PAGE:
Canna, Canna iridiflora;
Fig-marigold, Aptenia cordifolia;
Goldenrod, Solidago sp.;
* Rocket, Wall or wild, Eruca sativa;
* Stinking Roger, Tagetes minuta;

Edible seed

Chilean wine palm, Jubaea chilensis;
Fennel, Florence, Foeniculum vulgare Azoricum Group ‘Zefa-Fino’;
Pigeon pea, Cajanus cajan;


Banana (green), Musa x sapientum ‘Java Blue’;
Banana (green), Musa x sapientum ‘Ladyfinger’;
Capsicum, Capsicum annuum ‘Corno di Toro’;
Chilean wine palm, Jubaea chilensis (preserved in pandan-flavoured syrup);
Chilli, Capsicum annuum ‘Hungarian Hot Wax’;
* Chilli, Capsicum annuum ‘Long Red Cayenne’;
* Chilli, Capsicum annuum ‘Piri Piri’;
Chilli, Capsicum annuum ‘Siam Gold’;
Chilli, Capsicum annuum ‘Bangkok Bobby’;
Finger lime, Citrus australasica;
Kaffir lime, Citrus hystrix;
Lemon, Citrus x limon ‘Meyer’;
Lemon, Citrus x limon ‘Villa Franca Variegata’;
Lemonade, Citrus limon x aurantifolia;
Lime, Tahitian, Citrus x latifolia;
* Mouse Melon, Melothria scabra;
* Pawpaw, Carica papaya ‘Southern Red’;
Pineapple, Ananas comosus ‘Queensland Rough’;
Pineapple, Ananas comosus ‘Spanish Red’
Pineapple, Dwarf, Ananas nanus;
Rosella, Hibiscus sabdariffa;
Tomato, Lycopersicon esculentum ‘Apollo’;

Medicinal / Spices

Aloe vera – leaf juice used to heal sunburn, scratches, and for shampoo;
Bulbine frutescens – leaf juice used to treat burns, rashes, as an infusion for sore throats;
Brahmi herb, Bacopa monnieri – aids cognitive function;
Cardamom, Eletteria cardamomum;
Cardamom, False, Alpinia nutans;
* Catnip, Nepeta cataria; the juice left by rubbing elbows and ankles with fresh leaves helps deter mosquitoes;
Galangal, Alpinia galangal – spice used like ginger with similar properties;
Ginger, Culinary, Zingiber officinalis – spice that helps decongestion of catarrh, aids digestion, blood flow;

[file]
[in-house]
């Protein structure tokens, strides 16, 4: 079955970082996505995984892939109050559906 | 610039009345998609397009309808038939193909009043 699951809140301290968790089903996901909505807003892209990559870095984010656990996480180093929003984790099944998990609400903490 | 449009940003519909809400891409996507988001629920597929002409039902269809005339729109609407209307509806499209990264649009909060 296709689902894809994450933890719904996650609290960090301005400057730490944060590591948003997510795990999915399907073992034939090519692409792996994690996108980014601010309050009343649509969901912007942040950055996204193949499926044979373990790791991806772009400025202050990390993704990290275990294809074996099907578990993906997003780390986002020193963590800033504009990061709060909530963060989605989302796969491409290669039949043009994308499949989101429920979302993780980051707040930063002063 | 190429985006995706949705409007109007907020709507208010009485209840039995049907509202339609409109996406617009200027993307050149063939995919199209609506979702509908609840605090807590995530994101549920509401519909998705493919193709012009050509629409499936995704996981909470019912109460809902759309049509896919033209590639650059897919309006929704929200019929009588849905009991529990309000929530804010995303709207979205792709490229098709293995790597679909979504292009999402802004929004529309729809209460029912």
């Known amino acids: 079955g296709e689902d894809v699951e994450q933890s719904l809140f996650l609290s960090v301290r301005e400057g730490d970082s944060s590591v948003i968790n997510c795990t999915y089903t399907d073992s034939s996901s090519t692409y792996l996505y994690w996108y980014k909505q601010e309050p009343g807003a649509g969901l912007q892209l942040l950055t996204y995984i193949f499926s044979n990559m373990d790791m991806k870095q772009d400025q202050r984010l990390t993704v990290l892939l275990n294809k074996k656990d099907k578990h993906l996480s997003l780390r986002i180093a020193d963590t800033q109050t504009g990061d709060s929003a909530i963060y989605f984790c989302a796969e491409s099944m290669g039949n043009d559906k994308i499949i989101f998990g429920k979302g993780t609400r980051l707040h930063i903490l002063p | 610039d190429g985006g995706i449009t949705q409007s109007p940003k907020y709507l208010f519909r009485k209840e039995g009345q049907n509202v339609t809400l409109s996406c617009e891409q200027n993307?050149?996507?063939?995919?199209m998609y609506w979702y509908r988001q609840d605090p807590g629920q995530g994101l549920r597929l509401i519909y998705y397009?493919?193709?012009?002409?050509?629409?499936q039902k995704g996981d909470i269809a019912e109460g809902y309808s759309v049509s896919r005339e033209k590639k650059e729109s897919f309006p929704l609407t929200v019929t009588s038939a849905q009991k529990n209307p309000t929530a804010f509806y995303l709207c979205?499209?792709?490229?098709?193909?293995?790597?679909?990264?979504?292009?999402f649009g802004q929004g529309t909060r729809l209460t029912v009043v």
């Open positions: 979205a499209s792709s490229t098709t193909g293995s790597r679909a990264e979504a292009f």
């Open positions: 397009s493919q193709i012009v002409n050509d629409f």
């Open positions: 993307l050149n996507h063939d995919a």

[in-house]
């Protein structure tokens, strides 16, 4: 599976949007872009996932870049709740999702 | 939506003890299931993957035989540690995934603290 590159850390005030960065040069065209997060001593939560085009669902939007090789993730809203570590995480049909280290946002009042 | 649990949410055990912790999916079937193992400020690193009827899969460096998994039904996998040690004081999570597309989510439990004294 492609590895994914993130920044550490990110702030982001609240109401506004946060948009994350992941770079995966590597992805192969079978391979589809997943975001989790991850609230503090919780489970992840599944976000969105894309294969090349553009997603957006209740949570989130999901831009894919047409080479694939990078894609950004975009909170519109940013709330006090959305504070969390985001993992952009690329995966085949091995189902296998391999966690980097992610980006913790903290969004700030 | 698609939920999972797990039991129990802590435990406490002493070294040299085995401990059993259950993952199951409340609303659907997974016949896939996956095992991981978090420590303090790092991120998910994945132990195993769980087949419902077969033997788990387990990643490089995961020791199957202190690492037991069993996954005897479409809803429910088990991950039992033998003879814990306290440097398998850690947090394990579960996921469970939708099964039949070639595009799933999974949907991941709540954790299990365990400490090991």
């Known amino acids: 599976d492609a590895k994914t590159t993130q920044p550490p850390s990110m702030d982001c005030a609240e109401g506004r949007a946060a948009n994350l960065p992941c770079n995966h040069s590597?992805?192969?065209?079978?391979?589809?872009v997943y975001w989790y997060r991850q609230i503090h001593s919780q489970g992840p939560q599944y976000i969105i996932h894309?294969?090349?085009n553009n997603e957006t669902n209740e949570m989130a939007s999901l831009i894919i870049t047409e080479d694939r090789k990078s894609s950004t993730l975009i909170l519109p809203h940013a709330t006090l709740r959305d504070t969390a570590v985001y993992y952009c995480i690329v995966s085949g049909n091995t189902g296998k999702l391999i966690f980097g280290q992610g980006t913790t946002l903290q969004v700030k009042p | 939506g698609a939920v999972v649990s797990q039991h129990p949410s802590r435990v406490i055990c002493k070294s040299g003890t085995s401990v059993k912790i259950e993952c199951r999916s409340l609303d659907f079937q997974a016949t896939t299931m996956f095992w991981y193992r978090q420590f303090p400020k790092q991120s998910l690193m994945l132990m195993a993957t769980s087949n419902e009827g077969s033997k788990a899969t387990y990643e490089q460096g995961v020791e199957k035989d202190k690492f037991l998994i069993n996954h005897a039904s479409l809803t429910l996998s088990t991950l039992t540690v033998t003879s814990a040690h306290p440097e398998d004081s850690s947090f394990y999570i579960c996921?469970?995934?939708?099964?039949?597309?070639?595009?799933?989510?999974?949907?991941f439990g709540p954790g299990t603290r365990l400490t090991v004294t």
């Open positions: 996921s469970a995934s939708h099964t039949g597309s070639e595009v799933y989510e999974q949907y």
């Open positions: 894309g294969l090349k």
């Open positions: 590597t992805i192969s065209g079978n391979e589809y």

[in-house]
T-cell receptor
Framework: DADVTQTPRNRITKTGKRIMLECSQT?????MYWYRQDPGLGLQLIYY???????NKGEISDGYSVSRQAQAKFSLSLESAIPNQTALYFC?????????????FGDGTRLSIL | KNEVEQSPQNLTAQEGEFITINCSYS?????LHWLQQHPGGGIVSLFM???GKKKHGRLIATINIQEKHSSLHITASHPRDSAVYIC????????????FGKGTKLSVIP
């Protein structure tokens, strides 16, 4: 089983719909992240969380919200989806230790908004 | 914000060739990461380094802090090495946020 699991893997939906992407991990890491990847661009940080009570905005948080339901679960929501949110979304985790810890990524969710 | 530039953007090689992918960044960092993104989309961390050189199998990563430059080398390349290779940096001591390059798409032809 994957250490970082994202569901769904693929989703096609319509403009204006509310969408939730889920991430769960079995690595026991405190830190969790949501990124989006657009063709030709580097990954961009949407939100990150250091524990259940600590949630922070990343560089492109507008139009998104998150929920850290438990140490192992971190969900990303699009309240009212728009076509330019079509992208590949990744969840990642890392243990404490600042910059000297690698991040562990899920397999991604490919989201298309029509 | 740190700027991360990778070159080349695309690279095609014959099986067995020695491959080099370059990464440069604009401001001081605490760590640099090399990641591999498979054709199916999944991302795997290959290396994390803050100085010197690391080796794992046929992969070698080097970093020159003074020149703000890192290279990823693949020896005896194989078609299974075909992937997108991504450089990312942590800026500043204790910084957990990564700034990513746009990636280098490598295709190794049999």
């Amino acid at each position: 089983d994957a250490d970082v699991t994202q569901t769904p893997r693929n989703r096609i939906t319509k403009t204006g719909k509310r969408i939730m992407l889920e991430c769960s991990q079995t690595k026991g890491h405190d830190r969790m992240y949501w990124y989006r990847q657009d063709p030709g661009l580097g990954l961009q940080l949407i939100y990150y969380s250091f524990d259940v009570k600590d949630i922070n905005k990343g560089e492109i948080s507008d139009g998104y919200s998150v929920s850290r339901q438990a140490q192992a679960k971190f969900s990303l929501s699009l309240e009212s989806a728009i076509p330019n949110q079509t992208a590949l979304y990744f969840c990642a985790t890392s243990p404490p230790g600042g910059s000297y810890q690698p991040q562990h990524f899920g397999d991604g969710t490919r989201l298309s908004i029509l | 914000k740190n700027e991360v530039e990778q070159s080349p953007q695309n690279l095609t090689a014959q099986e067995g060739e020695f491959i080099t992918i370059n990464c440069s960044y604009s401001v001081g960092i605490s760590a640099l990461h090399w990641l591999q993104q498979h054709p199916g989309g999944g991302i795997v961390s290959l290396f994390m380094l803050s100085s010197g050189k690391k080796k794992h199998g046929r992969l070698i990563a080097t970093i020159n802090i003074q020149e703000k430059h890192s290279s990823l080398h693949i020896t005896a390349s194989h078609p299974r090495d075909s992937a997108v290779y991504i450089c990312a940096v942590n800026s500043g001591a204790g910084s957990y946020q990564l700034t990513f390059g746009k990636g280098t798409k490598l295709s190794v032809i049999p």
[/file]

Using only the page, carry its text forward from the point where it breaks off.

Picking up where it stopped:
Ginger, Shampoo, Zingiber zerumbet – from Seed Savers. Juice from leaves and roots (rhizomes) used to wash hair;
* Greater celandine, Chelidonium majus – stem juice kills warts on hands;
Krachai (root), Boesenbergia rotunda;
Rosemary, dwarf, Rosmarinus officinalis ‘Benenden Blue’;
Rosemary, fastigiate, Rosmarinus officinalis ‘Miss Jessopp’;
* Skullcap, Blue, Scutellaria lateriflora;
Turmeric, Curcuma longa – spice with anti-cancer, anti-stress properties;

115 taxa

Jerry Coleby-Williams
18th April 2015


5 Comments Add yours

  1. Sherri says:

    This year I am working on a site plan for my property. I will need to remember to include nectary plants on my plan. I have noticed that bees do really like our palm trees when they are in flower. Also when the lawn gets a bit raggedly and long and in flower the bees are all over it. Thanks for the BowerBird site information.

  2. Rosie says:

    I am in total envy of your list.
    I can only dream of such a diversity from our garden, But I will keep working at it.
    I have heaps of Arrowroot this year but I am not sure how to use it.
    Also my Cassava is huge and I am not sure how to crop that either.
    Being new to the subtropics, some of these crops have me stumped.
    Keep up the fabulous blogging. It keeps me inspired

  3. judithwill56 says:

    Jerry do you have any links for using arrowroot as a food, I have a lot growing and just use it as a green mulch and compost crop at this time. Have not quite figured out how to cook it.

    1. yes, on this website. Try the search facility

      1. judithwill56 says:

        Thank you. Will do. Just exploring Bowerbird to get a feel for the site. Thank you for that link.